"It" curator Vlad Restoin Roitfeld isn't big on self-congratulation. "I don't celebrate if I make a big sale," he assured me at the lavish party for Mother of Pouacrus, his exhibition of hip French artist Nicolas Pol's paintings (£20k-£40k each) at London's Old Dairy, attended by the likes of Tom Ford, Christopher Kane and, er... Johnny Borrell.
"I maybe have a drink," he conceded. Roitfeld has sold to film stars such as Bruce Willis. So what does he make of news that Demi Moore is to auction off her art collection? Will she make a killing? "Will her name affect the price? You tell me," Vlad, 25, replied. "I don't know if celebrity does anything. Perhaps people want to buy into it, but that sort of thing doesn't concern me."
Vlad is the son of French Vogue editor Carine Roitfeld, and godson of Mario Testino. Among his leading young curator rivals are Tyrone Wood, son of Ronnie; Vito Schnabel, son of Julian; and Alex Dellal, son of Guy (and brother of Charlotte and Alice). Does celebrity "do anything"? You tell me.
* The Mail on Sunday's "astonishing [and categorically denied] claims" from "senior Tory sources", that Liam "13th-century" Fox likes a drink, may remind the Defence Secretary of another damaging accusation. In 2005, while running for the Conservative leadership, Dr Fox (since married to cancer specialist Jesme Baird) was forced to deny what he described as "gay smears" against him.
He was eliminated before the final run-off between Davids Davis and Cameron, but his supporters have long grumbled privately that their man was briefed against by "lackeys" of Mr Cameron's campaign manager, one George – né Gideon – Osborne. "Liam always felt hard done by when it came to his treatment during the leadership race, and his anger was pretty much aimed at George," one Dr Fox loyalist tells me. "He's never forgotten that, and it certainly doesn't help relations between them now."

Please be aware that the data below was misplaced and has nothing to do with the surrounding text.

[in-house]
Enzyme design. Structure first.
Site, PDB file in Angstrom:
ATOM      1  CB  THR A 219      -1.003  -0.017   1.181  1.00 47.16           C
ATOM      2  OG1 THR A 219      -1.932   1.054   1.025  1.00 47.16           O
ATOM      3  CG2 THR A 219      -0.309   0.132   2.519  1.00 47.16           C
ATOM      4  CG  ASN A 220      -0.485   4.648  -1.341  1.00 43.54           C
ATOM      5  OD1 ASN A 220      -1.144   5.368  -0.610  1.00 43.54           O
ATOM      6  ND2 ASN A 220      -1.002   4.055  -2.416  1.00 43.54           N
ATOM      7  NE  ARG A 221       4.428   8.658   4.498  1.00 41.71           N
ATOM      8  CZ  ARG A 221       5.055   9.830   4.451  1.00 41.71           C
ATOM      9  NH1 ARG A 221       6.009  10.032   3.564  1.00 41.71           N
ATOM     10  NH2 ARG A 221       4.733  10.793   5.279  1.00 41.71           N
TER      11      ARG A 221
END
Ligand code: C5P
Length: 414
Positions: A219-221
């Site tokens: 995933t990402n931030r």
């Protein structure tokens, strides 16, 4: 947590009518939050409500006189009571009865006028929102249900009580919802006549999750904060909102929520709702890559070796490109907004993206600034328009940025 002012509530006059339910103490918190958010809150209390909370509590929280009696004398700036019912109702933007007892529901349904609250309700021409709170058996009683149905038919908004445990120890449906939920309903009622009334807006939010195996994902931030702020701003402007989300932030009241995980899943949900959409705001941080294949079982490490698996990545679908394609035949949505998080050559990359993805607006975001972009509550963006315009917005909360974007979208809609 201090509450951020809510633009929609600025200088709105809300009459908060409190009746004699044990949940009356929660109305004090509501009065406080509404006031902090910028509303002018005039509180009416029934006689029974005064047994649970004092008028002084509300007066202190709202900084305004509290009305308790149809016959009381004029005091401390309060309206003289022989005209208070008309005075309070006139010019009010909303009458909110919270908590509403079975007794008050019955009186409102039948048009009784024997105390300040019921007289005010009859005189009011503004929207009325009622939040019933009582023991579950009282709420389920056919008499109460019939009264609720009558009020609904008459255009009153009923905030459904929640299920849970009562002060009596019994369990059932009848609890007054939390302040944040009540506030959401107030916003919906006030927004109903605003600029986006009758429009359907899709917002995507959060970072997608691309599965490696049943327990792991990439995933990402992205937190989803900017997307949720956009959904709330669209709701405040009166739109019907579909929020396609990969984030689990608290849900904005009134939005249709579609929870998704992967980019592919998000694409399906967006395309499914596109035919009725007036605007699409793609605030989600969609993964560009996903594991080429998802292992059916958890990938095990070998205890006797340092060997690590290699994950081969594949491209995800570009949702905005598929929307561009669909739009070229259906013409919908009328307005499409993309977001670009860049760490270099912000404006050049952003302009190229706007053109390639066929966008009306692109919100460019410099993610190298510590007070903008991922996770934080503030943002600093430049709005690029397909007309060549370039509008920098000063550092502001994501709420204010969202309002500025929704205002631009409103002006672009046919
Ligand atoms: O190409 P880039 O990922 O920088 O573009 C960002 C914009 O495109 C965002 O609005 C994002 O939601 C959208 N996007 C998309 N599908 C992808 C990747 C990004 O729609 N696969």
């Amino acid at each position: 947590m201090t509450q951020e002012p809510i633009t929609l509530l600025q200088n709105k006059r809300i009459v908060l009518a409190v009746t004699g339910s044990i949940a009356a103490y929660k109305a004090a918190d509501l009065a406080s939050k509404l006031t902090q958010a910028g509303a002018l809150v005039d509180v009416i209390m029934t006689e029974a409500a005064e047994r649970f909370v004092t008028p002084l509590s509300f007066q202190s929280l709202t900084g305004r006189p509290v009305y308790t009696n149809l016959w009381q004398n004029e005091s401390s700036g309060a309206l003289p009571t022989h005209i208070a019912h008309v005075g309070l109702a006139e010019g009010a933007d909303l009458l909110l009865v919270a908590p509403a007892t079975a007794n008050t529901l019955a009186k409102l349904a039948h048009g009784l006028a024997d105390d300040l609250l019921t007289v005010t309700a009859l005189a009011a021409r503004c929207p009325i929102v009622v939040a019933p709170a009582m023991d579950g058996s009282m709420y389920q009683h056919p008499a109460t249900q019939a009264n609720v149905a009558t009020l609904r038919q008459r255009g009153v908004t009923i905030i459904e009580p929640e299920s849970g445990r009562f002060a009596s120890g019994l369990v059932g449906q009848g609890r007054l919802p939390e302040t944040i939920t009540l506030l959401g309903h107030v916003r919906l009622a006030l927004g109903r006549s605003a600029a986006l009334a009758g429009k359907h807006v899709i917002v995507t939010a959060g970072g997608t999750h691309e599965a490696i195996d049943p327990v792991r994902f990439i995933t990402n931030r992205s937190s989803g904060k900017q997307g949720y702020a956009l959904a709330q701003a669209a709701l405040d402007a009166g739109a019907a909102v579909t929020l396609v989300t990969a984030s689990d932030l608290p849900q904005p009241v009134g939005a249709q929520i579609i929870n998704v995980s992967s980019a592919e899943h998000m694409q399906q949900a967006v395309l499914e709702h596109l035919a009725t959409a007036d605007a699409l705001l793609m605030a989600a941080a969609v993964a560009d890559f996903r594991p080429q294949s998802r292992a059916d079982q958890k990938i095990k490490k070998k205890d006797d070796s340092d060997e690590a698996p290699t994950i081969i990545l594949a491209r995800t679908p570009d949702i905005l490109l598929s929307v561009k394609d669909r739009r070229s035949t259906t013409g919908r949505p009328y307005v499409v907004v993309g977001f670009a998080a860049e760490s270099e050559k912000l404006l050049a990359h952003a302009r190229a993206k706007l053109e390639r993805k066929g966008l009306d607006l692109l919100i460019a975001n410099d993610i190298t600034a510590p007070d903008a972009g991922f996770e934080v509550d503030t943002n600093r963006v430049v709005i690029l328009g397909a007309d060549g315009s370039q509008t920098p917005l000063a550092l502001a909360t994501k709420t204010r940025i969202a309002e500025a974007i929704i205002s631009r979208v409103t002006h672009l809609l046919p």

Pure coincidence, of course, that these new allegations should surface just as Dr Fox is at war with Dave and Gideon over proposed cuts to defence spending.
* Seems austerity has yet to bite beneath the dreaming spires of Dave and Gideon's alma mater. Bowtie-sporting Joe Cook, candidate for the presidency of Oxford University's storied Conservative Association, dispatched an apparently non-ironic note to his Facebook friends last week, inviting them to "an informal luncheon with tea, scones, sandwiches, scones, quail's eggs and champagne, which shall be held every Sunday... so we can catch up before Port and Policy". Ah yes, "Port and Policy": OUCA's weekly debating event. Emphasis on the port, I'm told.
* Jimmy Carr is not immune to the charms of Kati McIntyre, mother of fellow baby-faced funny man Michael McIntyre. "I really fancy your mum," Carr told his chirpy chum at the launch of McIntyre's memoir Life and Laughing, as he flicked through the book's family photos. "Is that a bad thing to say?" To which a rosy-cheeked McIntyre replied: "Sh! She's only over there."
Carr remarked, too, on the £2m advance McIntyre received to write the book – a figure repeatedly referenced in an interview with the comedian by Lynn Barber for The Sunday Times. "She seemed to be the one making a big deal over it, not you," Carr reassured his perky pal. "Probably because journalists earn no money." Too true.